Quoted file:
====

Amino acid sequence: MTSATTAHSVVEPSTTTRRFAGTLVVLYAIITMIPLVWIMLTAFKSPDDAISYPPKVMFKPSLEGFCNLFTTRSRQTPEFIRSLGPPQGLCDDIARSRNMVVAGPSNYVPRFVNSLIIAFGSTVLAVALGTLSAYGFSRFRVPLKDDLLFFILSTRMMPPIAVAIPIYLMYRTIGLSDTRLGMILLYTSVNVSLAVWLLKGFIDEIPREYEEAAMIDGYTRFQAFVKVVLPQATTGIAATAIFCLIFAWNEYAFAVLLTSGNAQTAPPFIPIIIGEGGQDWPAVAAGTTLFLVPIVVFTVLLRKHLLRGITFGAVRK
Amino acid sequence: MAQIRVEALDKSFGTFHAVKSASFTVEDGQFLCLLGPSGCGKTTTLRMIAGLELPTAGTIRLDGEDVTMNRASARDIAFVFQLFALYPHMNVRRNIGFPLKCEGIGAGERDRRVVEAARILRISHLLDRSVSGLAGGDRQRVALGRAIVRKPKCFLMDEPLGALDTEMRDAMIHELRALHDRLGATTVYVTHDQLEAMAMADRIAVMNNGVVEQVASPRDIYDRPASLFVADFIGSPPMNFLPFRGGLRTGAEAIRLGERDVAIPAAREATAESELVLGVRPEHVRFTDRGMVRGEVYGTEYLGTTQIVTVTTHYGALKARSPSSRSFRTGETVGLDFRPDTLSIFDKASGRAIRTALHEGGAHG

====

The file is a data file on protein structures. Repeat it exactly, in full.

Amino acid sequence: MTSATTAHSVVEPSTTTRRFAGTLVVLYAIITMIPLVWIMLTAFKSPDDAISYPPKVMFKPSLEGFCNLFTTRSRQTPEFIRSLGPPQGLCDDIARSRNMVVAGPSNYVPRFVNSLIIAFGSTVLAVALGTLSAYGFSRFRVPLKDDLLFFILSTRMMPPIAVAIPIYLMYRTIGLSDTRLGMILLYTSVNVSLAVWLLKGFIDEIPREYEEAAMIDGYTRFQAFVKVVLPQATTGIAATAIFCLIFAWNEYAFAVLLTSGNAQTAPPFIPIIIGEGGQDWPAVAAGTTLFLVPIVVFTVLLRKHLLRGITFGAVRK
Amino acid sequence: MAQIRVEALDKSFGTFHAVKSASFTVEDGQFLCLLGPSGCGKTTTLRMIAGLELPTAGTIRLDGEDVTMNRASARDIAFVFQLFALYPHMNVRRNIGFPLKCEGIGAGERDRRVVEAARILRISHLLDRSVSGLAGGDRQRVALGRAIVRKPKCFLMDEPLGALDTEMRDAMIHELRALHDRLGATTVYVTHDQLEAMAMADRIAVMNNGVVEQVASPRDIYDRPASLFVADFIGSPPMNFLPFRGGLRTGAEAIRLGERDVAIPAAREATAESELVLGVRPEHVRFTDRGMVRGEVYGTEYLGTTQIVTVTTHYGALKARSPSSRSFRTGETVGLDFRPDTLSIFDKASGRAIRTALHEGGAHG